By 2005, this work had produced a coherent vision of Cattaraugus County's future, with supporting visions for building outdoor recreation trails, using villages as staging areas for trails, and growing the equestrian economy in Cattaraugus County. Cattaraugus County published a series of visioning guidebooks called “Smart Development for Qualities Communities” that gained recognition from the Governor for its Quality Communities contribution, from the American Planning Association for visioning, and from a smart growth advocacy group of retired professionals called Partners for A Livable Western New York. All along we have encouraged horse and business owners and riders to organize and work together towards a common benefit.

The horse community took to this new trail with a gusto. They were always here, but were uncoordinated and unaware of the value of working together, both equestrian and non-equestrian. All they needed was recognition, encouragement and some assistance. We were astonished at what happened next. Between 1999 and 2006, the following accomplishments came to fruition with help from a variety of people working in support of this vision of the future:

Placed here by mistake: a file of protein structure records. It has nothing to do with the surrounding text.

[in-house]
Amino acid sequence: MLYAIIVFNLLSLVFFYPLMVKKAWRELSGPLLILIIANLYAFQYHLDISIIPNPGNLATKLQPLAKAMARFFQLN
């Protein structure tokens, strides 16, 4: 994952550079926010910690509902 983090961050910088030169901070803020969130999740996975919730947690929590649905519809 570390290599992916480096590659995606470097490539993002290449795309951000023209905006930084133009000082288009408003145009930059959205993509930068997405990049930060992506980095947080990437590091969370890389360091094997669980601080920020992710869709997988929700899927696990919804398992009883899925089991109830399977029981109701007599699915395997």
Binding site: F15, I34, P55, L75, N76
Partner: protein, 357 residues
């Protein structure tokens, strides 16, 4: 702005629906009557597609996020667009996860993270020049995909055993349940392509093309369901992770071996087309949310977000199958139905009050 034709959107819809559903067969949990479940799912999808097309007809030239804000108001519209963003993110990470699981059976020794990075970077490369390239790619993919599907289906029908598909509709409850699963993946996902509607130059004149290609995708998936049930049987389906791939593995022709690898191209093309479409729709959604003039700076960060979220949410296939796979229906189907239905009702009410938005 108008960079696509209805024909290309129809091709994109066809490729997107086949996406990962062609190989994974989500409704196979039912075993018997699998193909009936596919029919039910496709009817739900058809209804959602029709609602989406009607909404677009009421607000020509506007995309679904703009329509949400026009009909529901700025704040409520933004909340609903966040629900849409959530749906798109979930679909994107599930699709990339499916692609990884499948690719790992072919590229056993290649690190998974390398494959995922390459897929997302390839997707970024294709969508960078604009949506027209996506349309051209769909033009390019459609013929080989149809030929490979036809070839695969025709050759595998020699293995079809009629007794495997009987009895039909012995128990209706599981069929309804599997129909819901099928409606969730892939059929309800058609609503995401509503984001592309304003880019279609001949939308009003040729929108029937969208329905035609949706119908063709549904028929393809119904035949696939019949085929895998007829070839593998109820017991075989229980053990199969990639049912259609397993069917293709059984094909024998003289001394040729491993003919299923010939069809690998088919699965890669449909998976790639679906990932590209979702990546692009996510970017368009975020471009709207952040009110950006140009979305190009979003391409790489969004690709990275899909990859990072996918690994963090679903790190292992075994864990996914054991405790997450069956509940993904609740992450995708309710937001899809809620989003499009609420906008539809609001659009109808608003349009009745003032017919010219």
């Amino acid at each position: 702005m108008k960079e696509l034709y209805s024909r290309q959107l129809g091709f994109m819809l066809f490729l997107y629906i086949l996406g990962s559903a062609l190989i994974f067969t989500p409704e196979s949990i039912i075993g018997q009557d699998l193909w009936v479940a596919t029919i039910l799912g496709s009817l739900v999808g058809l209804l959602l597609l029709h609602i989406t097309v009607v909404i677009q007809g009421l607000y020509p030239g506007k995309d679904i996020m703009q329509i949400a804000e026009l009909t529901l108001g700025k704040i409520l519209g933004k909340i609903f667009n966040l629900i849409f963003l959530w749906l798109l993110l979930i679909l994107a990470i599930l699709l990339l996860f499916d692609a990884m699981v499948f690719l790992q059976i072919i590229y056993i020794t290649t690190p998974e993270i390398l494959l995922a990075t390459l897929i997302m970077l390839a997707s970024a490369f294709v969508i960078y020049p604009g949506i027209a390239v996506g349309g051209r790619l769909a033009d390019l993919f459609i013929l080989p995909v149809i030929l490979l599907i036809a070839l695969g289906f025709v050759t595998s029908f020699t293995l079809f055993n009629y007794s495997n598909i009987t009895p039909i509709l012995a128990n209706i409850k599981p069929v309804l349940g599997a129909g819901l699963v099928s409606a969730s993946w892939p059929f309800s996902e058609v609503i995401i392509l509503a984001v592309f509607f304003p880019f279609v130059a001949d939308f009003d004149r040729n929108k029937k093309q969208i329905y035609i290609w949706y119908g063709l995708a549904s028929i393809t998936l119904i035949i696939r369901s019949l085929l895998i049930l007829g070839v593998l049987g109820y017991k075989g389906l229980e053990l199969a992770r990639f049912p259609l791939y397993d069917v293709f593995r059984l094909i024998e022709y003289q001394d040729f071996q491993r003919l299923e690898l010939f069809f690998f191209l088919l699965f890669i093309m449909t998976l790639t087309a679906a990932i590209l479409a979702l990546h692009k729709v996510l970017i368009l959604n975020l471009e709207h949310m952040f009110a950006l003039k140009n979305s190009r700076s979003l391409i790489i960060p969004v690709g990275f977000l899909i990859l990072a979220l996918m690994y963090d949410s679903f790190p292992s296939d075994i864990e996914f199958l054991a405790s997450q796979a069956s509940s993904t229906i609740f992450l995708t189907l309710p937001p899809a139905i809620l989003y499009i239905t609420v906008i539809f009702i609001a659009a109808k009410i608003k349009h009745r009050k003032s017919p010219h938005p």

The Cattaraugus County Legislature created a countywide Equine Committee of horse and business owners to coordinate and market activities in the County, and published a study of equestrian opportunities in the County. This was done under the leadership of County legislators Jerry Burrell and the late Jess Fitzpatrick and Tom Livak, director of the County's development department. Scott Miller of the Cattaraugus County Business Development Corporation manages this committee and offers business development services for horse related businesses as a new priority. The County also hired the SUNY Buffalo Law Clinic as a consultant to do legal research on how easements can be used to protect trails in perpetuity as new development slowly spreads across our rural landscape.